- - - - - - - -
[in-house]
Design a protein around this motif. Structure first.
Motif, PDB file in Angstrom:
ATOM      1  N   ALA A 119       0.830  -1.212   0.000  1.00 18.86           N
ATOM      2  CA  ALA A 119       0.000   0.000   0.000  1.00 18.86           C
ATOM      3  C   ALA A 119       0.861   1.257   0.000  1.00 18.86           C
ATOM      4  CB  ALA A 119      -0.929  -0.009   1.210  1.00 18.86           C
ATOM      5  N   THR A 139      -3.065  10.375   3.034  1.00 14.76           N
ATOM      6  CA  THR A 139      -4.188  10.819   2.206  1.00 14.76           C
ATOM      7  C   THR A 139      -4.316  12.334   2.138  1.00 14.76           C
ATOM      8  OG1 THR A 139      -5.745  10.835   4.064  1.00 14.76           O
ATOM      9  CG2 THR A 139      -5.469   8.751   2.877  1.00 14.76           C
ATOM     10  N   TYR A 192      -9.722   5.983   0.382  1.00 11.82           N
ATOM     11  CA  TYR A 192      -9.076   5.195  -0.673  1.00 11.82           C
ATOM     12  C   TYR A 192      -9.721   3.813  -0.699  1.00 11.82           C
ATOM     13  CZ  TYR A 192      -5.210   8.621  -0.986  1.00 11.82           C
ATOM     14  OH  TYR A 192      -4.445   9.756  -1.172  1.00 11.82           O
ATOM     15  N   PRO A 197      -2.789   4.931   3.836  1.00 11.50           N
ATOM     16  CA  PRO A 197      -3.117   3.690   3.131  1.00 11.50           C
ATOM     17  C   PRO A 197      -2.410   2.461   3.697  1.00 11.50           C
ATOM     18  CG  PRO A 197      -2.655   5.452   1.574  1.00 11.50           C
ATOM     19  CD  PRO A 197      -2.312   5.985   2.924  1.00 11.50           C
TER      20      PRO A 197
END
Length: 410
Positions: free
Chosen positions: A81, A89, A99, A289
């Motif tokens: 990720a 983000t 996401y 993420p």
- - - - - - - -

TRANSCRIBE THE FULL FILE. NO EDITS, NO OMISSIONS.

[in-house]
Design a protein around this motif. Structure first.
Motif, PDB file in Angstrom:
ATOM      1  N   ALA A 119       0.830  -1.212   0.000  1.00 18.86           N
ATOM      2  CA  ALA A 119       0.000   0.000   0.000  1.00 18.86           C
ATOM      3  C   ALA A 119       0.861   1.257   0.000  1.00 18.86           C
ATOM      4  CB  ALA A 119      -0.929  -0.009   1.210  1.00 18.86           C
ATOM      5  N   THR A 139      -3.065  10.375   3.034  1.00 14.76           N
ATOM      6  CA  THR A 139      -4.188  10.819   2.206  1.00 14.76           C
ATOM      7  C   THR A 139      -4.316  12.334   2.138  1.00 14.76           C
ATOM      8  OG1 THR A 139      -5.745  10.835   4.064  1.00 14.76           O
ATOM      9  CG2 THR A 139      -5.469   8.751   2.877  1.00 14.76           C
ATOM     10  N   TYR A 192      -9.722   5.983   0.382  1.00 11.82           N
ATOM     11  CA  TYR A 192      -9.076   5.195  -0.673  1.00 11.82           C
ATOM     12  C   TYR A 192      -9.721   3.813  -0.699  1.00 11.82           C
ATOM     13  CZ  TYR A 192      -5.210   8.621  -0.986  1.00 11.82           C
ATOM     14  OH  TYR A 192      -4.445   9.756  -1.172  1.00 11.82           O
ATOM     15  N   PRO A 197      -2.789   4.931   3.836  1.00 11.50           N
ATOM     16  CA  PRO A 197      -3.117   3.690   3.131  1.00 11.50           C
ATOM     17  C   PRO A 197      -2.410   2.461   3.697  1.00 11.50           C
ATOM     18  CG  PRO A 197      -2.655   5.452   1.574  1.00 11.50           C
ATOM     19  CD  PRO A 197      -2.312   5.985   2.924  1.00 11.50           C
TER      20      PRO A 197
END
Length: 410
Positions: free
Chosen positions: A81, A89, A99, A289
């Motif tokens: 990720a 983000t 996401y 993420p």